Full Text for The Lord's Prayer, the Pastor's Prayer, part 9 (Text)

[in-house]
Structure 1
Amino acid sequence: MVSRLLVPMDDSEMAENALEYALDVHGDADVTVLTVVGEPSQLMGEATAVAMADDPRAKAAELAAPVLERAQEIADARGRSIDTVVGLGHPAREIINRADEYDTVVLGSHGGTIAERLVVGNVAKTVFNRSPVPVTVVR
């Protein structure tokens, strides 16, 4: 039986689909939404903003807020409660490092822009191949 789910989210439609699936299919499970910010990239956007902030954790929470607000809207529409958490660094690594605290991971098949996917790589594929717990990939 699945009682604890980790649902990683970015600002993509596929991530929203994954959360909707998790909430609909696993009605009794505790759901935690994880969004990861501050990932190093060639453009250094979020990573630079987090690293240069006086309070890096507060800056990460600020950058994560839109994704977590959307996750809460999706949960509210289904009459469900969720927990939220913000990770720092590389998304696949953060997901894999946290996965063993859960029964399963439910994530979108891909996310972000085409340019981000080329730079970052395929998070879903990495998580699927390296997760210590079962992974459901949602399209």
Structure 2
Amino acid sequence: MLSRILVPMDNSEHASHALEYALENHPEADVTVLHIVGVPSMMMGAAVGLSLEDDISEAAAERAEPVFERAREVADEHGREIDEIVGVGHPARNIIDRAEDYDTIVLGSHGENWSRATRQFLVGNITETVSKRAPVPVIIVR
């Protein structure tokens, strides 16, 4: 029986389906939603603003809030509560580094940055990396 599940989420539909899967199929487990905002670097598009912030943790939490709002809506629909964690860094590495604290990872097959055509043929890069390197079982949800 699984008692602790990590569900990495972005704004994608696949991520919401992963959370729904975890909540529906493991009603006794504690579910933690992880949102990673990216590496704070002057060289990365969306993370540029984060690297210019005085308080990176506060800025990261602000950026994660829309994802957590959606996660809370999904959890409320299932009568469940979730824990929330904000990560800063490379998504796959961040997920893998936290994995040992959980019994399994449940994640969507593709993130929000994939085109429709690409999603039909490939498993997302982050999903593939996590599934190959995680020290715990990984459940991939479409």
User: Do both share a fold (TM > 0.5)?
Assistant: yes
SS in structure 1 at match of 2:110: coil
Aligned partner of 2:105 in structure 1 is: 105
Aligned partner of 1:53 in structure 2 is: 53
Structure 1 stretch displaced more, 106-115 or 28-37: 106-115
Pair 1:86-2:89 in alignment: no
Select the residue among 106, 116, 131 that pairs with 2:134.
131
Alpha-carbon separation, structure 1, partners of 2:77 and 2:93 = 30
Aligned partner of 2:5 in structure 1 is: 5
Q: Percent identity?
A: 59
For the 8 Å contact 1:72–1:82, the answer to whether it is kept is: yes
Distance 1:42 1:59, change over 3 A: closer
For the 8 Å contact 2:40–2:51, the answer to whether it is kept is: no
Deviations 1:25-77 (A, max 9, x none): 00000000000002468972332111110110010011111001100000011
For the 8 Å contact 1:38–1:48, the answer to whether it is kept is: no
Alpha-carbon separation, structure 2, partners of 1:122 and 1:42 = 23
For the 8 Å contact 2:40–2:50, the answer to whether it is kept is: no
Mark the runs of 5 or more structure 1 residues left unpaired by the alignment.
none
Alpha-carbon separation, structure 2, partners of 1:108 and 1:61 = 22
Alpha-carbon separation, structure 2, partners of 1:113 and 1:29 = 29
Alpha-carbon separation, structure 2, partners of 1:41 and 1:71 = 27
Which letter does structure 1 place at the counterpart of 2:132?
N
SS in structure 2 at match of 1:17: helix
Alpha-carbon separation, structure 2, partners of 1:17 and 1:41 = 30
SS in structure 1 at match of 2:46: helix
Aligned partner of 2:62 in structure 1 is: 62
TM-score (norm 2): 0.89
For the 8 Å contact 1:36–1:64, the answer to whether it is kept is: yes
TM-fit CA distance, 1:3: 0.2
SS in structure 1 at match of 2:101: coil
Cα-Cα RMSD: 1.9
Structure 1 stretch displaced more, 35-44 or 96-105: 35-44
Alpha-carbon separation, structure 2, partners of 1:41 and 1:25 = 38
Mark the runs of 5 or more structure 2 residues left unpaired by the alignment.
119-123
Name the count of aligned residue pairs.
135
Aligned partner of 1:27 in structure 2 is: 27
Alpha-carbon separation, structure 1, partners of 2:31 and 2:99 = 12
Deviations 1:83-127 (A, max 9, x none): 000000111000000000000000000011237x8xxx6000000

The Lord's Prayer, the Pastor's Prayer 24 Ibid., IV, 185. 25 Ibid., p.289. 757 26 Cf. Theodor Kolde, "Veit Ludwig von Seckendorf," Reale'J\cyklo­piidie, fur prot. Theol. u. Kirche, ed. Albert Hauck, 3d ed., Vol.XVIll (1906): Capita doctrinae et praxis christianae insignia ex 59 illustribus N. Test. dictis deducta et evangeliis domi1ticalibus, in concionibus a. 1677, Francof. ad. Moen. habitis applicata a. P. J. Spe'Rero 1689. 27 Lotze, op. cit., p.37. 28 Ibid., pp. 37 f. 29 Walch, op. cit., Parts IV and V, 1149. 30 Lotze, op. cit., p.40. &1 Walch, op. cit., Parts IV and V, 1151 f. 32 Op. cit., p.41. 33 Ibid., pp. 41 f. 34 The title page ends with the words: "Gedachte Schrifft! oder sogenanntes Ebenbild/ ist 1."1 gegenwiirtigem Tractat von Wort zu Worte stiickweise eingeriicket! die Beantwort -und Erinnerung aber mit andern Litem darunter gesetzt/ zu befinden." Quoted ibid., pp. 42 f. 35 Ibid., pp. 43 f. 36 Ibid., pp. 44 f. 37 Ibid., p. 38. 88 Ibid., p. 58. 30 Ibid., p. 59. 40 Ibid., pp. 59-63. u Kramer, op. cit., I, 115. 42 Rambach (ed.), op. cit., p.311. 43 Theol. Bedencken, III, 721. 44 Rambach (ed.), op. cit., p.311. Kramer, op. cit., I, 117. 45 Cf. Lotze, op. cit., p.69. 46 Preserved Smith, A History of Mudern Culture (2 vols.; New York: Henry Holt & Co., 1930-1939), II, 242. 47 Kurt Guggisberg, Das Zwinglibild des Protestantismus ein WandeZ der Zeiten (Leipzig: Verlag von M. Heinsius Nachfolger, 1934), p.89. 48 Theodor KoIde, "Veit Ludwig von Seckendorf," Realencyklopiidie fur prot. Theol. und Kirche, ed. Albert Hauck, 3d ed., Vol XVIII (1906). 49 Lotze; op. cit., pp. 87 f. 50 Gustav Wolf, Quellenkunde der deutschen Reformationsgeschichte (3 vols.; Gotha: Friedrich Andreas Perthes, 1915-1923), I, 10. 4 •• The Lord's Prayer, the Pastor's Prayer The Seventh Petition 'A'J.J..a Qvaat nJ.ta~ Il1CO 'tov 1(O'Vl]Qov. But Deliver Us From Evil. Matt. 6: 13; Luke 11: 4. Jesus acknowledges the existence of evil and the reality of deliverance from it. Since the Father is to be implored, it follows that there is deliverance with Him and that He is not involved in, but ever opposed to, the evil. The Deliverer is mightier than the evil. This petition would have no purpose if His children were not 758 The Lord's Prayer, the Pastor's Prayer exposed to the evil, to its influences and effects. Jesus introduces three factors: the Father, His children, and the evil. The evil is aggressive, God's children are endangered, and the Father is the Defender and Deliverer. Man, without understanding and vain in his imaginations, pro­fesses to deliver himself from evil by the denial of its existence. To him evil is evil only when it is so interpreted. An example of such deliverance is the following: "The intellectual realities, such as all the qualities and admirable perfections of man, are purely good and exist. Evil is simply their nonexistence. . . . In the same way, the sensible realities are absolutely good, and evil is due to their nonexistence. . .. It is possible that one thing in relation to anot..~er may be evil, and at the same time, vvithin the limits of its proper being, it may not be evil. Then it is proved that there is no evil in existence; all that God created, He created good. This evil is nothingness; so death is the absence of life. When man no longer receives life, he dies. Darkness is the absence of light: When there is no light, there is darkness. Light is an existing thing, but darkness is nonexistent. Wealth is an existing thing, but poverty is nonexisting. Then it is evident that all evils return to nonexistence. Good exists, evil is nonexistent." (Some Answeyed Questions Collected and Translated from the Persian of Abdu'L-Baha by Laura Clifford Barney. Bahai Publishing Com­mittee.) Thus also other cults and imaginations interpret the Seventh Petition to mean: Deliver us from the absence of good, and from that which does not exist! Yd they recite this petition in their meaningless prayer. They would save themselves from evil by evil doctrine. Not all unbelievers deny the existence of evil. Those who acknowledge its reality define it as the negation of good, the op­posite or goodness, the morally bad, the positive effects of extrinsic negative elections. They deplore its power and destructiveness. They seek deliverance from it by education and training, by laws, by appeals to the intellect and to the emotions, by improvement of social conditions. These attempts rest on the presumption that man's intellect (Greek philosophy) and sensibilities (Roman phi­losophy) are intrinsically good. Through all the ages the Modernists will regress without exception to the one or the other formula, modified ad libitum. Their prayer is: Grant that our conduct may conform to our inner perfection of attitude and knowledge, that so our virtues may react victoriously over all imperfections of in­dividual and social thought and life for the advancement of personal and general happiness. Thus the poor world, as it lies in wicked­ness, encourages suffering humanity to counteract recognized evil by imbibLTlg hidden evil. The Lord's Prayer, the Pastor's Prayer 759 The particle al.l.u, which introduces this petition, does not ad­vance a new thought. It serves as a copulative and appends to the former petition an accessory plea, an adversative. Whether we retain the usual translation of "but" or render it, with equal em­phasis, by "yea," a contrast is expressed in either case. The petition simplifies the definition of the evil: Evil is that from which the Father must deliver us. The concept of evil as an oppressive and burdensome weight is suggested by the eLaqJEQEL'V in the Sixth Petition and the QUEa{}m in the Seventh. For EtaqJEQEL'V means to carry into, and QUEa{}m with Ell. means to carry away out of, or from under, with &.no to carry away from. The evil, therefore, is an overwhelming force, or forces, threatening to crush us. As we, in retrospection, survey the antitheses of all former petitions, we arrive at the conclusion that the evil is the aggregate of everything, of every being, power, and state, opposed to the sub­stance of our prayer. Luther says: "Hier bitten wir, dass er uns erloese von dem peinlichen Uebel, als die Hoelle ist, und alles, was uns am Leibe wider ist und uns bekuemmern mag, auch von dem urspruenglichen Uebel der Suende, als die Lehrer sprechen, damit wir nichts anderes denn Uebeles wollen; dass er uns davon loese, auf dass die Be­gierde des Fleisches nicht gefangen nelli-ne den Geist, als St. Paulus zu den Roemern, Kap. 7: 23, sagt. Nun lasst uns eben merken, wie wir bisher gebeten. Wir haben Gott in den ersten dreien Bitten seine Ehre gegeben; in den andern urn unsere Not gebeten, was uns vonnoeten an Leib und Seele, dass er uns unsere Suende ver­geben wolle; und nun, zum allerletzten, bitten wir, dass er uns vor clem Uebel bewahre. . .. Die ersten drei gehen Gott an, die andern drei uns, von den Suenden, auf dass wir gottfoermig moegen werden. Und wenn diese aile also geschehen sind, so sollen wir bitten: Nun erloese uns vom Uebel. Also sind aIle Gebete und Notdurft hierin beschlossen" (St. L., VII: 750 f.). The verb QUEa{}m, to draw, to draw to one's self, to rescue, to .deliver (Thayer; G. Milligan; also Benseler and Schirlitz; E. E. Seiler on Homer: to draw and carry out of danger), etymologically conveys the idea of haste and speed, as that of a swift and rushing current. Indeed, we ask the Father to rise to His power in our behalf and to make haste (i!~ln) for our help, for the enemies are lively and strong CPs. 38: 19-22). Luther translates QUEa{}m by the word "deliver," but he makes it imply also the thought expressed in the words "graciously take us to Himself." It is stronger than the word "defend," and it calls for quick action to save to the ut­most and entirely. To know the evil from which we ask deliverance, we need only 760 The Lord's Prayer the Pastor's Prayer consult the references in which the verb QUO~aL is used. These are the following: Matt.6:13 (apo) and Luke 11:3 (apo): from the evil; Matt. 27: 43; Luke 1: 74 (ek): out ofthe hand of our enemies; Rom. 7: 24 (ek): from the body of this death; 15: 31 (apo): from the disobedient; 2 Cor. 1: 10 (ek): from so great a death; Col. 1: 13 (ek): from the authority of darkness; 1 Thess. 1: 10 (apo): from the wrath to come; 2 Thess. 3: 2 (apo): from perverse and wicked men; 2 Tim. 3: 11 (ek): from persecutions and afflictions; 4:17 (ek): out of the lion's mouth; 4:18 (apo): from every evil work; 2 Pet. 2: 7: from the filthy conversation of the wicked; 2: 9 (ek): out of temptation. The prepositions apo and ek are used with QuecrihlL, the former in five references, the latter in seven. In conn.ection 'Ni.th this verb, ek means from within, indicating that we are surrounded by the evil, while apo refers to the contact and power, or the grip, which the evil endeavors to maintain on us. Faithful and serious-minded pastors are painfully touched by the plight and distress of their co-laborers, and they grasp at once at what comfort there is in the knowledge that the same afflictions are accomplished in their brethren. No less than six references arranged above are written by st. Paul and allude to his personal and official experiences with the evil. In Rom. 7: 24 this great brother complains bitterly that he is an evil to himself, inasmuch as his flesh will not yield to the Spirit, and he cries out as in agony: T£~ ~E QUO"E"taL El!. "tou O"ro~a."to~ "tou il'a.vu."tou 'tou"tou; In Rom. 11: 26 he calls Jesus 0 tPU6ItEVO~, and in the passage before us he rejoices in triumph: "I thank God through Jesus Christ, our Lord." His own flesh, his own sinful nature, is an evil from which the pastor cannot extricate himself. He must pray that the Father may deliver him and his brethren ( lJItU,) from his own body of this death often during the day, and as often he will glorify the Deliverer. In 2 Cor. 1: 10, Paul describes to his readers the danger of inevitable death which encompassed him and his companions, and out of which (ek) the Lord delivered him. In this instance he treats death as an evil, as likewise in 2 Tim. 4: 17 (c£. Ps. 22: 21; 57:4) the danger of death, referring rather to the circumstances, while elsewhere he welcomes death as a blessing. Persecutions and afflictions, from which (ek) the Lord had already delivered him, 2 Tim. 3: 11, he includes in "every evil work," from which (apo) the Lord will finally deliver him by granting him a blessed end. Twice the holy Apostle refers directly to the children of the world as an evil which troubles us and from which (apo) the Lord delivers us that we are not contaminated. In Rom. 15: 31 Paul speaks of unbelievers in Judea, and in 2 Cor. 3: 2 of unreasonable and wicked men from whose repulsive and deceitful presence we seek deliverance. As we read the context of 1 Cor. I: 10, 2 Thess. The Lord's Prayer, the Pastor's Prayer 761 3: 2, Rom. 15: 31, we are impressed by the power of prayer for deliverance by the Father's favorable answer to the sincere inter­cession: Deliver us (i1J.l.a~) from the evil. We as Christ's ministers and stewards, exposed and sometimes subjected to the evil, should never fail to beseech our charges to pray for us. And we should pray with them and for them: Deliver us from the evil. Another review of the circumstances attending Paul's struggles with the evil proposes the question whether Luther derived his classic classification of the evil from the study of these passages, himself under the strain of the same experiences (2 Tim. 3: 12; 1 Pet. 5: 9) as preacher and pastor; for he suggests that we pray for deliverance from every evil of body and soul, property and honor, and an unhappy death. Luther rather broadened the text, if 'tOU JW .... llQOU is to be taken as the masculine. We quote: "Here again there is an elaborate debate on a comparatively unimportant question. The probability is in favor of the masculine, the evil one. The Eastern naturally thought of the evil in concrete. But we as naturally think of it in the abstract; therefore the change from the A. V. in the R. V. is unfortunate. It mars the reality of the Lord's Prayer on Western lips to say: Deliver us from the evil one. Observe that it is moral evil, not physical, that is deprecated." (The Expositor's Greek Testament.) Robertson (Greek Grammar) does not decide the issue. "With masculine adjectives the substantives naturally sug­gest themselves out of the context or the nature of the case. CE .... probably 'tOU JWVTjQou (Matt. 6: 13)." "In Matt. 6: 13 MO 'tOU JtOVTjQou, most likely aL(J.~OAO~ is meant, not mere evil" (pp. 652 f.). We quoted Luther's view above. If we understand the article of 'tou JtOVllQOU to be emphasizing the universality and multiplicity of evil, then we find cause and effect included in "the evil." The Expo&itor's Greek Testament advances in favor of the substantive, and then in favor of the adjective, an argument outside of the text and context and outside of Scripture, namely, the difference in the trend of Eastern and Western thought, as noted above. G. Milligan writes in Vocabulary VI under JtoVTjQLa: In the VI/A. D. amulet, BGlITli. 954: 24 (Selections, p. 134), the phrase in the Lord's Prayer is cited as Quam YJJ.La~ MO 'tij~ .7tOVTjQLa~, which some may be tempted to quote in support of the A. V. of Matt. 6: 13." "We pray in this petition, as the sum of all, that God would deliver us from every evil." The Evil One, Satan, is the prime cause of all evil, but now not the only source and cause. We reiterate the statement that the evil is that from which the Father must deliver us. We repeat that the evil, according to the context, is every force opposed to the answer and realization of any or of all the former petitions. We observe that all other petitions refer to no persons directly except 762 The Lord's Prayer, the Pastor's Prayer to the Father and His children, and consistency and conformity urges us to discard the masculine of "tou Jtov'l']Qou. We note that JtOVllQOU is related to JtELQaC1J.1.0V as the general to the specific, in the very substance of the petitions. And we compare the preposition d.Jto (and E'll elsewhere) used with QUEO'&m, and the double ct~ in the Sixth Petition, to state that while temptation to evil is limited to certaL'1 boundaries, our contact with the evil is not limited to the experiences with the personal devil. Tou JtOVllQOU is all-inclusive.­We are not at variance with the Large Catechism, which says: "In the Greek text this petition reads thus: Deliver or preserve us from the Evil One, or the Malicious One; and it looks as if he were speaking of the devil, as though he would comprehend every­thing in one, so that the entire substance of all our prayer is directed against our chief enemy. For it is he who hinders among us every­thing that we pray for: The name or honor of God, God's kingdom and will, our daily bread, a cheerful conscience, etc. Therefore we finally sum it all up and say: Dear Father, pray, help that we be rid of all these calamities. But there is nevertheless also included whatever evil may happen to us under the devil's king­dom -poverty, shame, death, and, in short, all the agonizing misery and heartache of which there is such an lU1Uumbered multitude on the earth" (TrigL, 729: 113 ff.) Vy"hatever starting point we may choose, "tOU 1tov'flQou as masculine or as neuter, we arrive at the same substance of the petition, and all speak the same thing; for we have found no expositor who does not "finally sum it all up" or treat the term as collective, including the innun1erable per:;onal and im­personal evils arrayed against the children of God. The evil is not an edifying theme. The thought of it is de­pressing, and the fact of it is terrible. Where the good ceases, there the evil begins. Without evil in and about us this earth would be the narthex of heaven. Through sin this world is the home and playground of all evil. Sin and the devil constitute the greatest evil. Sin challenges and forces into action the eternal laws of God's justice and subjects the sinner to God's righteous punishment now and in eternity. Therefore the concepts of sin and evil often meet and concur, as in Provo 11: 19. Evil already at its birth is saturated with the poison from which it dies. The contemplation of our deliverance from the devil and all evil by the Father's grace and power is most edifyLl1g. The Petition proves that God only can deliver. To Him only do we pray. Christ's work of redeeming us from all sins, from death, and from the power of the devil is the earnest of our deliverance from all evil. The tense of the Petition (aorist) reminds us that God's acts of delivering us correspond in number and frequency to the evils that befall us. They are always of such power and kind as the The Lord's Prayer, the Pastor's Prayer 763 counteroffensive demands to accomplish our rescue. It is much, therefore, that we beseech the Father to do for us. How great and mighty is our God! His defending and savi,"1g capacity is un­limited. Either He takes us away from the evil, or He removes the evil from us, or He eases our burden. And He can manage the uninterrupted answer to this petition for each and everyone according to the petitioner's need. The Father knows the evil, as well as His own resources for our deliverance, better than we do. Nor does He ever underestimate the power of evil. The Lutheran pastor therefore believes that "im Vater Unser legen wir un­zaehlige Teufel darnieder und verschlingen die ganze WeIt in einem Gebet" (Luther, St. L., II: 62), and that he has omitted nothing in the presentation of his need of deliverance. Luther classifies the comprehensive term as every evil of body and soul, property and honor, and of death. T:PJs order covers the other range: evils of childhood and youth, of manhood and old age; evils of personal, common, and temporal, of spiritual and eternal, of financial and moral, significance. The Litany (Lutheran Hymnal, p.l11) enumerates many evils in a similar order. The evils may be classified also as of the past, the present, and the future. Unless the pastor's body is "kept under" (1 Cor. 9:27), it be­comes an instrument of evil and an object against which he and we must pray. While it is kept under to obey the law of the Spirit (Rom. 7: 22), to be presented to God a living sacrifice (Rom. 12: 1), and to be dedicated as the temple of God and His instrument for good, it is yet subject to vanity (Phil. 3: 21) and at times passes through days of evil. Then the pastor sighs the complaint of Job (Job 7), which is a long paraphrase of our petition; but he also sings Job's Psalm of Life and Deliverance (Job 19: 23-27). No pastor is excluded from the sufferings of Christ or from the comfort of Christ (2 Cor. 1: 3-6). In his poor and vile body that may, besides, be burdened with ill health, the pastor's soul is ever alert and busy to serve the Lord with gladness and to pasture the flock faithfully. Yet he himself may be assailed by doubt and vexed in the spirit within himself (Rom. 7: 24). He is still a wretched man, but without ceasing he prays to be delivered from the evil attributes of his own soul and mind, from false doctrine moving in his thoughts. And praying for the safety of his body and soul, he opens the Bible for wisdom and strength to meet himself in combat, that the spirit may conquer the flesh. The pastor also knows that God is in earnest when He admonishes us to duty in Ezek. 33: 1-9. Not the ninety and nine whom he has gained, but only the blood of Christ can deliver the pastor's soul from the guilt of having lost by negligence the one hundredth soul. 0 Father, deliver us from every evil of the soul! 764 The Lord's Prayer, the Pastor's Prayer What, by comparison, is earthly property and temporal pos­session but an handful of sand! The pastor has that share of it which he can call his own, treasures on earth exposed to moth and rust, to fire and flood, to thief and robber. These treasures the Father protects and blesses to the welfare of the pastor. The dangers threatening the possessor as such and his possessions con­stitute the evil of property (Prov. 30: 7-9). The pastor who prays this Seventh Petition will l;le on guard against the love of money and the things of this world. The pastor's honor and reputation is to him of greater value and importance as ambassador of Christ than all the riches of this world. Because he is a Christian pastor, his good name is often "appointed to destruction" by Christ's' enemies, and sometimes careless members, misunderstanding their pastor's motives, judge him harshly and uncharitably circulate false reports about him. In the experiences of persecution by the tongue the servant is not above the Master. The evil reports may linger in the mouth of the pastor's survivors. On the other hand, he will subdue his pride if he feels desirous of posthumous fame. Why does he want to be remembered by posterity'? It is enough that the Lord has written his name in the Book of Life. It is more than enough that the gracious Savior will remember the pastor and his faithfulness over little things. And without the pastor's effort, He has provided for His undershepherd's posthumous fame: Remember your leaders who spoke to you the Word of God, Heb.13:7. Hence the pastor need do nothing about his honor and reputation but deserve it by his faithfulness and pray that the Father may preserve his good report in life and after death against the vile mouth of slanderers. And finally the pastor's last hour comes. He knows not when, where, or how; but the Lord will be his Guide even unto death (Ps.48:14). He was going home all along, and now he is at heaven's door. In death he fears no evil. The Lord is with him. A farewell to those who will follow later: "And now, brethren, I commend you to God and to the Word of His grace." There may be some physical pain, and there may be a bodily struggle, before Elijah's chariot bears the happy soul to heaven, where the Father is. Once more and at last: Our Father, deliver us from the evil, and take us to Thyself in heaven! Then the divine miracle of gr.\Ce: the life of Jesus is made manifest in the pastor's mortal flesh even at his death! He does not see death. He shall never die. He is de­livered from all evil. "Precious in the sight of the Lord is the death of His saints." And a humble soul, grown footsore in the paths of his Master as he hopefully followed on in the course the Savior was leading, now leaves his earth to this earth, his ashes to other ashes, his dust to be mingled with dust and buried to Sennon Study on 2 Cor. 5: 1-10 765 coming ages. But his soul triumphantly rises by faith in Christ's gracious pledges on to another day, to the day of joy everlasting. Then also his crumbled earth, his very dust and his ashes, united again with the soul, will rise in glory resplendent and bear the reflection of Him who saves us from every evil and exalts us to beauty unseen, to bliss beyond comprehension, to peace no mortal now feels, to life that never expires. It is fitting that the pastor's mortal remains should be robed in the vestment in which he preached the deliverance from all evil through Jesus Christ, the Lord of Life, and that a palm leaf be laid on his casket as a symbol of victory. Liberatus ab omni opere malo, dormit secure in manu Iesu. Los Angeles, Calif. G.H.SMUKAL Sermon Study on 2 Cor. 5:1-10 Eisenach Epistle for the Sunday after Christmas This text is taken from that section of the Second Letter to the Corinthians in which Paul describes "the glory of the Apostolic ministry: human weakness permeated and transfigured by the power and glory of God" (Bachmann), 3:1-6:10. Human weak­ness (cp. 4:7-12, 16, 17; 6:4-10); God's power and glory as mani­fested in the Gospel (3:1-4:6; 5:11-21), and changing weak human beings into unconquerable heroes of faith (4: 7 -18; 6: 1-10). Therefore "we" in our text refers primarily to the incumbents of the ministry of Jesus Christ, the Apostles and their associates, such as Timothy, named 1: 1 in the superscription, and Silvanus (1: 19), one of Paul's assistants. Yet Paul does not mean to say that the precious truths expressed and the experiences described by him pertained exclusively to pastors and preachers. No, they apply to all who like Paul and Timothy and Silvanus are believing children of God, whether Apostles and preachers or not. What glorifies and transfigures their human weakness as ambassadors for Christ (5: 20) is the very same power and glory which permeates and glorifies and transfigures every Christian's life, spent in the weak­ness and frailty of human, earthly existence. While this text is particularly appropriate for a pastoral sermon, in the Sunday sermon the preacher will naturally apply its truths to all the hearers directly. V. 1: "We know that if our earthly house of this tabernacle were dissolved, we have a building of God, an house not made with hands, eternal in the heavens." The Apostle had spoken of his mortal flesh (4:11); of death working in him (v. 12); of the perishing of his outward man (v. 16). What perishes is his mortal